Fear is the Mind Killer
In our conversation with Tim Draper, he described fear as the driver for many poor decisions. Whether you are fearful of taking the next step in your career or sidestepping to a different role, fearful of starting your own business, or fearful about investing in a new venture, fear is always the wrong driver to pay attention to when it comes to decision making. If you are a leader of an organization, especially during the pandemic, it is easy to get caught up in making decisions based on fear. We live in a time of uncertainty, but this is a time to make bold decisions, not decisions based on fear.
Fear is the Mindkiller
In our conversation with Tim Draper, he described fear as the driver for many poor decisions. Whether you are fearful of taking the next step in your career or sidestepping to a different role, fearful of starting your own business, or fearful about investing in a new venture, fear is always the wrong driver to pay attention to when it comes to decision making.
If you are a leader of an organization, especially during the pandemic, it is easy to get caught up in making decisions based on fear. We live in a time of uncertainty, but this is a time to make bold decisions, not decisions based on fear.
Tim Draper says, “Every fear decision I have made has been the wrong decision. Every bold decision I have made hasn’t always been right, but it has always created a more interesting and satisfying outcome….I believe that anytime fear is involved, it sends you down the wrong pipe. It sends you into a rat hole you do not want to get into.”
Fear-based decision making comes from your irrational mind. It is made based on our primal fight or flight instinct. Sometimes it is better to walk away from a challenging situation; other times, it is better to stay and fight your way through it. But when fear is involved, you are most likely going to pull the wrong lever. If you continue down this path, little by little, you will relinquish your ability to control the situation and lead with thoughtfulness.
Learning to identify when you are making a decision based on fear is an important step. Here are three ways to determine if you are in a fear-based decision mode.
1. Are you putting things off?
Most of the time, fear-based decisions are characterized by a failure or reluctance to act. The time you decided not to invest in yourself or did not act on an opportunity. If you are leading an organization, fear of hurting an employee’s feelings could keep you from taking needed corrective action.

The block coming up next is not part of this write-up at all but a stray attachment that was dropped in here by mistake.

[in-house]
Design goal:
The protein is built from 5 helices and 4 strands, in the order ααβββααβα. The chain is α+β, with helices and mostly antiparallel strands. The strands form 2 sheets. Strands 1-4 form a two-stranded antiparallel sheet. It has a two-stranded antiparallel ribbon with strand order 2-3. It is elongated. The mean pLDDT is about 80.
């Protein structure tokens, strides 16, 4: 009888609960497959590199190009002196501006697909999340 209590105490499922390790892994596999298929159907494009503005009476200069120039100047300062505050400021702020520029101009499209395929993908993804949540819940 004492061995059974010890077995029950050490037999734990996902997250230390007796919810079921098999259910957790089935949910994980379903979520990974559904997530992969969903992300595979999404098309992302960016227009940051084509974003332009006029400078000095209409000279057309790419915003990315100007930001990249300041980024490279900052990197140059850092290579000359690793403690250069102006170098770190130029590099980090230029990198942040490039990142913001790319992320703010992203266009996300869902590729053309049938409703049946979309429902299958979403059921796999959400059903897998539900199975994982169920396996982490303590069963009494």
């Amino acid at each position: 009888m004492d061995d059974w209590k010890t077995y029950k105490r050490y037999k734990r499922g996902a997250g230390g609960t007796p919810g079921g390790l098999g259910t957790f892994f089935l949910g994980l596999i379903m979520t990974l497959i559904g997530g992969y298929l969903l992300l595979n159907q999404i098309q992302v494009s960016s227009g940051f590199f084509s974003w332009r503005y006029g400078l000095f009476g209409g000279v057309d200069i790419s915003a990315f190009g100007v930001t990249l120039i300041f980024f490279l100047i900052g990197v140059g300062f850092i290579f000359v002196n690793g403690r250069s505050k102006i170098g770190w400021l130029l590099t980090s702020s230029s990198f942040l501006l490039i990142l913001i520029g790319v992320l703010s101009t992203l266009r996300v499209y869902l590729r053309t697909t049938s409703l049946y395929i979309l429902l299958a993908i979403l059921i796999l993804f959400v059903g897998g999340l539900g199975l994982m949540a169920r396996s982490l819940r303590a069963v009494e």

Ask yourself — are you procrastinating or making excuses about taking some actions? Why? If you’re holding off because you’re worried about failure, or concerned about what others might think, you’re probably listening too much to your emotions — fear in particular — not your rational mind.
Tim Draper said his biggest failures were when fear caused him to pass on great investment opportunities, including Google. He says, “Now when I find myself at a fork in the road, as Yoggie Bera says, I take it.”
Flipping this decision upside down may help you look at it in a different light. Look at the positives of what WILL happen if you make a decision vs. doing nothing at all. Failure to act comes from the hesitation to try something new. It is uncomfortable to be in a new environment, but often that’s exactly what needs to happen.
2. Are you ignoring your gut?
Do you keep having the feeling that you should do something, take some action, but you keep shoving it aside? Maybe you’re telling yourself that a steady paycheck is better than going out on your own. Maybe you’re telling yourself that overworking is normal and that there isn’t anything else out there for you. It can be disruptive to listen to your gut, but your gut instinct is often correct, as the adage goes.
You’ve got to push through the unknown and take that first step. Perhaps start with updating your LinkedIn profile and network or see what is out there. Start researching a new industry or career path. Build an understanding of the steps you need to take to get there. Set-up a time to have coffee with an old colleague and bounce your new business idea off of them. Listen to your gut, and take the first step.
3. Are you being a pessimist or “realist?”
By definition, pessimists are driven by negative thoughts and emotions. When you look at a problem in a negative light it’s easy to find reasons to avoid action. Sure, a pessimist will always be able to identify risks and point out reasons why an idea won’t work. But opportunities will always pass the pessimist by, while the optimist is driven to find solutions for the problems that stand in the way.
Tim Draper says, “If you are a pessimist or realist, you are never really going to accomplish anything…If you are an optimist, you might fail, but you will have made a big impact if you succeed.”
Try to forget the doubts and the fear of the unknown. Inaction is the worst action. Look at the positives. What happens if you DO succeed? What opportunities open up to you? It takes practice, and it doesn’t happen overnight, so find a mentor or a person you trust to help guide you through the process. Just remember, if you never try, you will never succeed.